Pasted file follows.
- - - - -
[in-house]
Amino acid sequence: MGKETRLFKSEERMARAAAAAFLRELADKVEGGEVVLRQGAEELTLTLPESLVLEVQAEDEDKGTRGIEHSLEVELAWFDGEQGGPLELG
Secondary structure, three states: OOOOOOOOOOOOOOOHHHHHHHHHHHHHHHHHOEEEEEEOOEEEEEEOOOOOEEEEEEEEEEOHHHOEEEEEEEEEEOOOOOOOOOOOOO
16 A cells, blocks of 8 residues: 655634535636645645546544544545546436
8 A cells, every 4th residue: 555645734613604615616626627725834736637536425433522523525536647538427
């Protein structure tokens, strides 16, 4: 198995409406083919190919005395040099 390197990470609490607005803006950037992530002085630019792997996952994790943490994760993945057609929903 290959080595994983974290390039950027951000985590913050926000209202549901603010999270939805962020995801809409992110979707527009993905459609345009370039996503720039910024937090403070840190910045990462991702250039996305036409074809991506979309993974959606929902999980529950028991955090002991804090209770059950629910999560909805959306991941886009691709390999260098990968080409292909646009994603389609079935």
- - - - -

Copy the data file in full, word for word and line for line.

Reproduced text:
[in-house]
Amino acid sequence: MGKETRLFKSEERMARAAAAAFLRELADKVEGGEVVLRQGAEELTLTLPESLVLEVQAEDEDKGTRGIEHSLEVELAWFDGEQGGPLELG
Secondary structure, three states: OOOOOOOOOOOOOOOHHHHHHHHHHHHHHHHHOEEEEEEOOEEEEEEOOOOOEEEEEEEEEEOHHHOEEEEEEEEEEOOOOOOOOOOOOO
16 A cells, blocks of 8 residues: 655634535636645645546544544545546436
8 A cells, every 4th residue: 555645734613604615616626627725834736637536425433522523525536647538427
């Protein structure tokens, strides 16, 4: 198995409406083919190919005395040099 390197990470609490607005803006950037992530002085630019792997996952994790943490994760993945057609929903 290959080595994983974290390039950027951000985590913050926000209202549901603010999270939805962020995801809409992110979707527009993905459609345009370039996503720039910024937090403070840190910045990462991702250039996305036409074809991506979309993974959606929902999980529950028991955090002991804090209770059950629910999560909805959306991941886009691709390999260098990968080409292909646009994603389609079935």